Thursday, 11 October 2012

Melican at the theatre: Shakers by John Godber and Jane Thornton.

Last night I visited the Queen’s Theatre in Hornchurch, my local theatre.

I used to attend this venue as a young child on school outings and for pantomimes, but nowadays find I tend to visit to watch something a little different. Because it’s a local theatre I find I’m a lot more open to just trying out what they’ve got on and recent years have seen me watch Shirley Valentine, Busting Out, the Rocky Horror Show and the Vagina Monologues to name a few.

This time I was here to see Shakers. A play set in a nightclub, where the audience are told how things really are by four young women who work there.

The four waitresses – Adele, Carole, Mel and Nicky are played by Natasha Moore (who was also in the Rocky Horror Show), Lucy Thornston, Laure Pitt-Pulford and Rachel Dawson. In fact the whole show centres around these four and there are no other characters or indeed props onstage, bar the nightclub set/scenery.

At first I was unsure when I realised the lack of other scenes and actors/actresses as it wasn’t quite what I was expecting. However, I was soon pleasantly surprised and having a good giggle.

Although the show is only running for two weeks we had been able to get tickets in the third row, so had a great view. This also meant we could clearly see all the mannerisms of the characters and their faces, which was fantastic.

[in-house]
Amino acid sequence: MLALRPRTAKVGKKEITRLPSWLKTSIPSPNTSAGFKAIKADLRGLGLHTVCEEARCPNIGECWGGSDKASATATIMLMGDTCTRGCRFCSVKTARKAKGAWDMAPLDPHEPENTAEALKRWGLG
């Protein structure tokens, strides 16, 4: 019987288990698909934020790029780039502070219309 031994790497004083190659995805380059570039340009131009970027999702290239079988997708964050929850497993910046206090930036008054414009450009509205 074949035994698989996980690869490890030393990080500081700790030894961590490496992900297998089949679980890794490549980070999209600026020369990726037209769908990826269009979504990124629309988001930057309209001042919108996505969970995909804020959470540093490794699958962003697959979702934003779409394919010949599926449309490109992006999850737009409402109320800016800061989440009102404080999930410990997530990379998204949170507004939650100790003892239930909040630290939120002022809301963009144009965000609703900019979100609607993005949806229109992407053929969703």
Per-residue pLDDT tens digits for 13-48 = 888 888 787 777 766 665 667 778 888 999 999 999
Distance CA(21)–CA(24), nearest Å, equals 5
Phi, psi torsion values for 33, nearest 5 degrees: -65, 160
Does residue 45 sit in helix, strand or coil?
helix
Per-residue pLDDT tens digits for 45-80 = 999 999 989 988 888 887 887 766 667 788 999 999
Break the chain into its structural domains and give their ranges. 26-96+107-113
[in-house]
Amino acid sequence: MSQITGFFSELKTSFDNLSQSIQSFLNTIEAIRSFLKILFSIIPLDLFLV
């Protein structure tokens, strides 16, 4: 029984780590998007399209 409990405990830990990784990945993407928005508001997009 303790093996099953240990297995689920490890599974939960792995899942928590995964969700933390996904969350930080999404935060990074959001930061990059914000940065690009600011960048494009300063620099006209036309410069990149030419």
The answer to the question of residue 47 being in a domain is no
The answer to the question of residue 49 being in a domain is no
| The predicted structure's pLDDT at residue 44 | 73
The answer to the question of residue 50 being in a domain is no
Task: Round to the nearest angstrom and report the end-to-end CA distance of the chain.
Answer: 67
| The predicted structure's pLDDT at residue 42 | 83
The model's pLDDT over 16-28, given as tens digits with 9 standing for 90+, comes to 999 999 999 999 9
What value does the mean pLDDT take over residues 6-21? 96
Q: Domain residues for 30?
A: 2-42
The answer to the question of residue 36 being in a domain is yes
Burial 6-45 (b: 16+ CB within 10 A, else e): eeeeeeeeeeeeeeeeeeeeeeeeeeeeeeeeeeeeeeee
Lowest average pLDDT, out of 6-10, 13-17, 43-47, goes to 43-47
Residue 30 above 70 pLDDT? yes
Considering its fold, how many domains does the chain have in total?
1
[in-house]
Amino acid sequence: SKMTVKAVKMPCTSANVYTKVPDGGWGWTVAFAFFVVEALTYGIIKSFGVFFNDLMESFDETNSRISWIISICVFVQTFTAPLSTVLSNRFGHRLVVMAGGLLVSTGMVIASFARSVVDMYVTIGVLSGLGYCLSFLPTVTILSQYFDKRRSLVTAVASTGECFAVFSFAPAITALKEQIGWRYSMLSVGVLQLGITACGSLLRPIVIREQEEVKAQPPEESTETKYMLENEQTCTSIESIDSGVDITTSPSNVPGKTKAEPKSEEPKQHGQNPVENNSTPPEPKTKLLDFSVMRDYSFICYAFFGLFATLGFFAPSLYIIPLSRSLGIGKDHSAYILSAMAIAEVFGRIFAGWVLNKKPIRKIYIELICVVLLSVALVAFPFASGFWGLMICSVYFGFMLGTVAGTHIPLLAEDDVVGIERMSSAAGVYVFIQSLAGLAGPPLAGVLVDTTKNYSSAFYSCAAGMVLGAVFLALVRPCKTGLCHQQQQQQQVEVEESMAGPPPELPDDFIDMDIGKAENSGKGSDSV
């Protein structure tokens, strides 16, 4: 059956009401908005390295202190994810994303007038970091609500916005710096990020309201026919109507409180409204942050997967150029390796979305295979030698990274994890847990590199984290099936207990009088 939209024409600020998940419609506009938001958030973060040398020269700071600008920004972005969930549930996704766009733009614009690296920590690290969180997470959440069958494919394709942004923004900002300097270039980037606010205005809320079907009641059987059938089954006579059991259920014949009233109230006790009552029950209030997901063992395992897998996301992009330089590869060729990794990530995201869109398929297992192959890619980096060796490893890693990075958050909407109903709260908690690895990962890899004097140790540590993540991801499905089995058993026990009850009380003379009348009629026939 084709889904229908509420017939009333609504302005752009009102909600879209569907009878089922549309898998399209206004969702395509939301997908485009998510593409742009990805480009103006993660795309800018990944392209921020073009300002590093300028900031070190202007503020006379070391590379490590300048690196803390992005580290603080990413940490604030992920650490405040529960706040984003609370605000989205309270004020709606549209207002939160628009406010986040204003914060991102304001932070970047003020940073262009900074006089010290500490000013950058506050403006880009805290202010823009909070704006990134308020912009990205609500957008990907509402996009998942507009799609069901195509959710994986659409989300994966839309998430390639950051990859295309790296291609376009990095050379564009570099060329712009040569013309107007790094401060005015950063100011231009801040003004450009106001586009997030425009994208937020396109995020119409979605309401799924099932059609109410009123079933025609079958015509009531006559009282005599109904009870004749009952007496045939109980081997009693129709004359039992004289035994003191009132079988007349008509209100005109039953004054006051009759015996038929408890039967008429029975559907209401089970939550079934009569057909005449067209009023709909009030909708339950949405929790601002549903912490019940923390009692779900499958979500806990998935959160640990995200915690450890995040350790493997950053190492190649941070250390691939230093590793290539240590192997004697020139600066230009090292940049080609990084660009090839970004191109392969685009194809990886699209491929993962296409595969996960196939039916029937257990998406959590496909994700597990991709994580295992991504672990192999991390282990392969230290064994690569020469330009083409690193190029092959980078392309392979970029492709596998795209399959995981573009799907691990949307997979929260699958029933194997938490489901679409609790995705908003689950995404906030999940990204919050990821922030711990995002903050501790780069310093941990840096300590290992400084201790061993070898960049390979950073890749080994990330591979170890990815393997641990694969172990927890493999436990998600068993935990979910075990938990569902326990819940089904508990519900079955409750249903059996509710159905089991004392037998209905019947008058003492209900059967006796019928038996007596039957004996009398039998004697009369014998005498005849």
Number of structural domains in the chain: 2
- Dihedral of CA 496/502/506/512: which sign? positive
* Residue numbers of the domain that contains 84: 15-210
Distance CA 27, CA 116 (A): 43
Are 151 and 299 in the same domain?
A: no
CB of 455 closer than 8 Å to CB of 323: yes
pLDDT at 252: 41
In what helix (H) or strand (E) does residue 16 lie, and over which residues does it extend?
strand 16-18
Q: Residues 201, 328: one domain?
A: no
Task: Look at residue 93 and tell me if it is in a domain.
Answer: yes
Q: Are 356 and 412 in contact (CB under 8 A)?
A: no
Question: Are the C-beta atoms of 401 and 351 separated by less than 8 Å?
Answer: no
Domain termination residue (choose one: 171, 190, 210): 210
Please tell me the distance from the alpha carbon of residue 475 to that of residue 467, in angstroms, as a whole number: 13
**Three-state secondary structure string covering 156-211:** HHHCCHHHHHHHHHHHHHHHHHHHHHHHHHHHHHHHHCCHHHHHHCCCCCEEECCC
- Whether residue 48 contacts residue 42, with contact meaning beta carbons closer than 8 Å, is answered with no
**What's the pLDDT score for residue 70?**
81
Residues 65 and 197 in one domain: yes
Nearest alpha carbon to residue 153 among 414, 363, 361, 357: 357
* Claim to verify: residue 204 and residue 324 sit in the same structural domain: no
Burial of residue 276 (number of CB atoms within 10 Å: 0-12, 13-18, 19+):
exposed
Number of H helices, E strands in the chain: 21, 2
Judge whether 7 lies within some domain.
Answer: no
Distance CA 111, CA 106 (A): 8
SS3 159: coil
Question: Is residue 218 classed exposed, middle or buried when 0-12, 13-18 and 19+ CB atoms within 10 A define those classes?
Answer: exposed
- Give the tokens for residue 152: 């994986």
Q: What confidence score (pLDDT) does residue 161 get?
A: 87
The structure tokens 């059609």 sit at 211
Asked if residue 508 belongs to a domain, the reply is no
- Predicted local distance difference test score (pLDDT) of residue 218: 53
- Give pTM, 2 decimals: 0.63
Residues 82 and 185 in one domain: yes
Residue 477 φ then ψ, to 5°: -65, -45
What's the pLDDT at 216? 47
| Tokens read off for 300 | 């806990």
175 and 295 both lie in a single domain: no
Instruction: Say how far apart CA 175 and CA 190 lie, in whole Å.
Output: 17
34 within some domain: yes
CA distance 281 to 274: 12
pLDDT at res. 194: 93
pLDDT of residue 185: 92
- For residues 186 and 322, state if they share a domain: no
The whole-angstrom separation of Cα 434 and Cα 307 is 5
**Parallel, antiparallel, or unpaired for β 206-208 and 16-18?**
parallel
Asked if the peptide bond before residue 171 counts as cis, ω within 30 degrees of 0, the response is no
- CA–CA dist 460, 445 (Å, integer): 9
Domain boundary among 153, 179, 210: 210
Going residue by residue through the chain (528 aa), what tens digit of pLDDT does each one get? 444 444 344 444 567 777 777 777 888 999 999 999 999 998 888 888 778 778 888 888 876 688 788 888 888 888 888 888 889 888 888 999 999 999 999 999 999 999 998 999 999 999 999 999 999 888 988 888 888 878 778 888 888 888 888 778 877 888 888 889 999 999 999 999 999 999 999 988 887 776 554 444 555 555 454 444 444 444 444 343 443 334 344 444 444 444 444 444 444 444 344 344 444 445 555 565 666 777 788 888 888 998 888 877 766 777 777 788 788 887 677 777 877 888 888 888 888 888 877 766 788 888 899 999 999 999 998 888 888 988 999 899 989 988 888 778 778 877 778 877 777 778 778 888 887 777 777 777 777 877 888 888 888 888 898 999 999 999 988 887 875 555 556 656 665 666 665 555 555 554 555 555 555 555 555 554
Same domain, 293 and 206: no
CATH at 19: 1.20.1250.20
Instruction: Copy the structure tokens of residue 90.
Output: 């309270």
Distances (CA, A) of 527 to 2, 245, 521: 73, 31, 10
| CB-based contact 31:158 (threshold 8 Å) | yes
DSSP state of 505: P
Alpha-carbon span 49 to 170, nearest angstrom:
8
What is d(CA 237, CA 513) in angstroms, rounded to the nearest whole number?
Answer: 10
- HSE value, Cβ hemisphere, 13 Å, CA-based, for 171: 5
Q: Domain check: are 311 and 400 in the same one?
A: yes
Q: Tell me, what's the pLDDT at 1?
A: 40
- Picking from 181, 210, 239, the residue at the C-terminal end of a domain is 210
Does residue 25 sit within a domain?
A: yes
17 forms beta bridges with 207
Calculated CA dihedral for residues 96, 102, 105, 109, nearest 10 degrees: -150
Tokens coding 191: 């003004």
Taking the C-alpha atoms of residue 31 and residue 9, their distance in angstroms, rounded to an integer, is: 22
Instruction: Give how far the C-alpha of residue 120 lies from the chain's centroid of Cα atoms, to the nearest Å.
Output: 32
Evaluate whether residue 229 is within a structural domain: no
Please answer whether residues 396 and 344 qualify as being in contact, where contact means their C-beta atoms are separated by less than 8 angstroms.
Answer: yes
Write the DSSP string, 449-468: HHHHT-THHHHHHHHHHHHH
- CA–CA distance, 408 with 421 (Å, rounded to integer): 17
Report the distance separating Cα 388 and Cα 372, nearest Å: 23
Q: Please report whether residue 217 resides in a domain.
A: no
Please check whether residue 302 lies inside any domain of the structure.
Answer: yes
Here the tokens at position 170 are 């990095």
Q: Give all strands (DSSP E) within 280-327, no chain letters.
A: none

I was really impressed at the actresses acting out of different visitors to the club, in particular when they became some of the male punters. The stance, expressions and general mannerisms were spot on and I found myself in hysterics (this seems to be a regular occurrence now when I attend this theatre!)

What really wowed us was how quickly the cast switched from being ‘City boys’, ‘posh yuppies’, ‘arrogant cheating bigwigs’, ‘young Essex girls partying’, ‘canoodling couples’ and lots more, and then turned round and became their main character of a nightclub waitress.

There are also some deeper moments in the play when the characters come to the forward of the stage and give us an insight into their own private lives and how they’ve ended up doing this job. I found each of them very moving.

Overall I really enjoyed the show, yet again another production from the theatre which challenged my expectations and left me experiencing a range of emotions and witnessing some great acting skills. I’m now looking forward to see what I can go and watch next!

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